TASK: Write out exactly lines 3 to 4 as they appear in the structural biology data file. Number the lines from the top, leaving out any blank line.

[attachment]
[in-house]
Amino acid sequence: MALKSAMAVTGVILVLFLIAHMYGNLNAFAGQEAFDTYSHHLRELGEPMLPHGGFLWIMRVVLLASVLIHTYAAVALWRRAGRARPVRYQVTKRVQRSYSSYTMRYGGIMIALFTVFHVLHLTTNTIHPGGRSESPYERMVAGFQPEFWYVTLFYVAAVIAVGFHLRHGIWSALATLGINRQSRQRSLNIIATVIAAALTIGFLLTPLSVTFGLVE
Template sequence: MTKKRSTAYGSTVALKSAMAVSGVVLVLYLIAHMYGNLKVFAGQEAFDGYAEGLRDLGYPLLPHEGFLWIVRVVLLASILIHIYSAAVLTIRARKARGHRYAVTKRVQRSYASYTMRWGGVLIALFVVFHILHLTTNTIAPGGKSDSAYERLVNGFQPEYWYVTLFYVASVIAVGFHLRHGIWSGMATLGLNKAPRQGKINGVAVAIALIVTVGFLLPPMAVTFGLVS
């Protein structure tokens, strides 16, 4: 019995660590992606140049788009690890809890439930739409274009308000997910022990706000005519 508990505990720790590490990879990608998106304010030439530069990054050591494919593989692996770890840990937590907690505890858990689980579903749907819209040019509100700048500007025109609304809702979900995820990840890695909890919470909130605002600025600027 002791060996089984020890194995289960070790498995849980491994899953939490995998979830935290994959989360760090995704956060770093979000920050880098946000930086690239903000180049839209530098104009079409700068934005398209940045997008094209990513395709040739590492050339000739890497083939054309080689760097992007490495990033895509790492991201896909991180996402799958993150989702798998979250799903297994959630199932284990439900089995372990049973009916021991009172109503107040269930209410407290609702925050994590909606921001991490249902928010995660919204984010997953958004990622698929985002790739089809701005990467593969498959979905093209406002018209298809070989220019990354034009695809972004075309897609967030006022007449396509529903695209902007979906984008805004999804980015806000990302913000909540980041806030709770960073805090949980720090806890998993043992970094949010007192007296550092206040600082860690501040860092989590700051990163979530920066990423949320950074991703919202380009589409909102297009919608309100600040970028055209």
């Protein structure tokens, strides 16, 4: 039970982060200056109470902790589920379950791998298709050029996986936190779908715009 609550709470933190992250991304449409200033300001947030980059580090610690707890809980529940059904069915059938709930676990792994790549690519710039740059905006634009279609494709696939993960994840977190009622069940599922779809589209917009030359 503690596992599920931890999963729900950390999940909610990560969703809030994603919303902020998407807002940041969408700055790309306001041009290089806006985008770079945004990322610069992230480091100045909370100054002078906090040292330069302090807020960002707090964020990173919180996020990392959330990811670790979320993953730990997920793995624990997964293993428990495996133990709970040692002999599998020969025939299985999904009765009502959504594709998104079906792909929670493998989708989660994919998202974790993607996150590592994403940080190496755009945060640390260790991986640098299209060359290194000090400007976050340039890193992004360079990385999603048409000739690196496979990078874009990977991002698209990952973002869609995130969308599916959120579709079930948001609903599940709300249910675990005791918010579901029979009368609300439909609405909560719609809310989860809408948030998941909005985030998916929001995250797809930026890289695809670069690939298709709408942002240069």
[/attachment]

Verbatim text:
Template sequence: MTKKRSTAYGSTVALKSAMAVSGVVLVLYLIAHMYGNLKVFAGQEAFDGYAEGLRDLGYPLLPHEGFLWIVRVVLLASILIHIYSAAVLTIRARKARGHRYAVTKRVQRSYASYTMRWGGVLIALFVVFHILHLTTNTIAPGGKSDSAYERLVNGFQPEYWYVTLFYVASVIAVGFHLRHGIWSGMATLGLNKAPRQGKINGVAVAIALIVTVGFLLPPMAVTFGLVS
């Protein structure tokens, strides 16, 4: 019995660590992606140049788009690890809890439930739409274009308000997910022990706000005519 508990505990720790590490990879990608998106304010030439530069990054050591494919593989692996770890840990937590907690505890858990689980579903749907819209040019509100700048500007025109609304809702979900995820990840890695909890919470909130605002600025600027 002791060996089984020890194995289960070790498995849980491994899953939490995998979830935290994959989360760090995704956060770093979000920050880098946000930086690239903000180049839209530098104009079409700068934005398209940045997008094209990513395709040739590492050339000739890497083939054309080689760097992007490495990033895509790492991201896909991180996402799958993150989702798998979250799903297994959630199932284990439900089995372990049973009916021991009172109503107040269930209410407290609702925050994590909606921001991490249902928010995660919204984010997953958004990622698929985002790739089809701005990467593969498959979905093209406002018209298809070989220019990354034009695809972004075309897609967030006022007449396509529903695209902007979906984008805004999804980015806000990302913000909540980041806030709770960073805090949980720090806890998993043992970094949010007192007296550092206040600082860690501040860092989590700051990163979530920066990423949320950074991703919202380009589409909102297009919608309100600040970028055209």